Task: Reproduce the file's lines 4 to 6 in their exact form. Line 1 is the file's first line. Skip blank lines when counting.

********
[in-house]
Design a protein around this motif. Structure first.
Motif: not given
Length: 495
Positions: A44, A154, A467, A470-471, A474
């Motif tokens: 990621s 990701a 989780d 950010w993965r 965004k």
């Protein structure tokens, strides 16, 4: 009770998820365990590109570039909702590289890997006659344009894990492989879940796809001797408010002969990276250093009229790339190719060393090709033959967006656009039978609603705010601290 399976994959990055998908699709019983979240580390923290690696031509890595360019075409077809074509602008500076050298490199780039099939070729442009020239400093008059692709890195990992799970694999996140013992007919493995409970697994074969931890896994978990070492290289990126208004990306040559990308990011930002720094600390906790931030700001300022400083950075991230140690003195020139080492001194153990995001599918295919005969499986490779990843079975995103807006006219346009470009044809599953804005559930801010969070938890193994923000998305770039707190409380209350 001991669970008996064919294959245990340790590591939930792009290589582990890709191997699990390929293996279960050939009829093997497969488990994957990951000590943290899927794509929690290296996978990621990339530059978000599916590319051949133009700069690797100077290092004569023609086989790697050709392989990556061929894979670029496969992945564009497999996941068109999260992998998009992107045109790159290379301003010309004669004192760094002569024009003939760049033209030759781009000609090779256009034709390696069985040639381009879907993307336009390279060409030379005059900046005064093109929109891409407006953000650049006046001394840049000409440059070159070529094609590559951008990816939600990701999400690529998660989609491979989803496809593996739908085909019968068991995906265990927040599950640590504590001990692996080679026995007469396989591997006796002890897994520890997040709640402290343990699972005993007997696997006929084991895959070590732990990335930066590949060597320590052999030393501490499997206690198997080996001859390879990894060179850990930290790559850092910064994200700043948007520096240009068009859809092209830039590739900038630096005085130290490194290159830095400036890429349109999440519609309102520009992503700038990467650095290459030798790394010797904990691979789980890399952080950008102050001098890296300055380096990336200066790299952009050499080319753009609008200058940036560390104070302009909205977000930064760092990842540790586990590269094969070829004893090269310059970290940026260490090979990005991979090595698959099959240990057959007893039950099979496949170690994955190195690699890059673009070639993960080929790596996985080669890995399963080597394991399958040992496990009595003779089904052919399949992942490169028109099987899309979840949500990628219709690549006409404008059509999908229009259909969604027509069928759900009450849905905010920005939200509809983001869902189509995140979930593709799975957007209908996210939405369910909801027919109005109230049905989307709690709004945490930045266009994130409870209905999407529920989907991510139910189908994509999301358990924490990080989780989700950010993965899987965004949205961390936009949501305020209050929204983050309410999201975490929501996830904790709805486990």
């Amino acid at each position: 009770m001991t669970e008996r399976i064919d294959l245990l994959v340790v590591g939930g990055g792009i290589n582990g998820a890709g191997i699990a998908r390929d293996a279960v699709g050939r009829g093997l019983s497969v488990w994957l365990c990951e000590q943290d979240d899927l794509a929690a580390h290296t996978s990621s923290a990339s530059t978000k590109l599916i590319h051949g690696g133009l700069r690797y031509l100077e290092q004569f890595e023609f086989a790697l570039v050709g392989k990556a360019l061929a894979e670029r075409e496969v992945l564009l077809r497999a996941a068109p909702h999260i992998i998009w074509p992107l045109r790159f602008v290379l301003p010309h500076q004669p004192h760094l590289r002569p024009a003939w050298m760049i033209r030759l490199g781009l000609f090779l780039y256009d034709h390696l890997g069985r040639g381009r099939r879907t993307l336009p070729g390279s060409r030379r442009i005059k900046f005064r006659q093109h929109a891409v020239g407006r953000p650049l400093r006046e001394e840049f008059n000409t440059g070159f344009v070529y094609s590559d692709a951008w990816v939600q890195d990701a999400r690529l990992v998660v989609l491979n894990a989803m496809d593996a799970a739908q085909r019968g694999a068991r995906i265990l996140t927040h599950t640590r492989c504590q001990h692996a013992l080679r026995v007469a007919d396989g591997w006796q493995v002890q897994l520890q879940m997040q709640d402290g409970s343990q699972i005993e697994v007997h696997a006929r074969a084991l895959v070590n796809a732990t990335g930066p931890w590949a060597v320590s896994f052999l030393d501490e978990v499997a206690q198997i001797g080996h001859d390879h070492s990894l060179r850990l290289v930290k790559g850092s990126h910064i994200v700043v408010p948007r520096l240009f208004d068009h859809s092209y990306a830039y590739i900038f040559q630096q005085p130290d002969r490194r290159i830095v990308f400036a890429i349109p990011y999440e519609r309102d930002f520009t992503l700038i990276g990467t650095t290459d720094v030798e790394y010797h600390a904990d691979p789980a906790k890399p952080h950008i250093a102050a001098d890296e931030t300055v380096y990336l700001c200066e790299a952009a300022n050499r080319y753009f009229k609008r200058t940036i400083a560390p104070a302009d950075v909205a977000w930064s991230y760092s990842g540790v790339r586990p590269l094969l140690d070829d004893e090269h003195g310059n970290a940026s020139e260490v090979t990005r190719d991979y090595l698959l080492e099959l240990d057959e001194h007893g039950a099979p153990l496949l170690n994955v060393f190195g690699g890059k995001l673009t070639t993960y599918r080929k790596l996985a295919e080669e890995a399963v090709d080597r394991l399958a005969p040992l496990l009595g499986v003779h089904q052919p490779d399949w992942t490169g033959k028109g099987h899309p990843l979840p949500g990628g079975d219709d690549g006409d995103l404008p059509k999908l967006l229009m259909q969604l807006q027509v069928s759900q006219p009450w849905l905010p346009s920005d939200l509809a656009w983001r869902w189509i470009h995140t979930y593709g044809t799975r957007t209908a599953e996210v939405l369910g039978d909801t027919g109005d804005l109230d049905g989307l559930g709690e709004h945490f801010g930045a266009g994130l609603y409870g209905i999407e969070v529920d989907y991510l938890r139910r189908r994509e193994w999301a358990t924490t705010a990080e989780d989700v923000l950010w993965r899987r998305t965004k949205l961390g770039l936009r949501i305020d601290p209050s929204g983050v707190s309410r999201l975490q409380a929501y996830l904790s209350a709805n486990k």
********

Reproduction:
Length: 495
Positions: A44, A154, A467, A470-471, A474
């Motif tokens: 990621s 990701a 989780d 950010w993965r 965004k």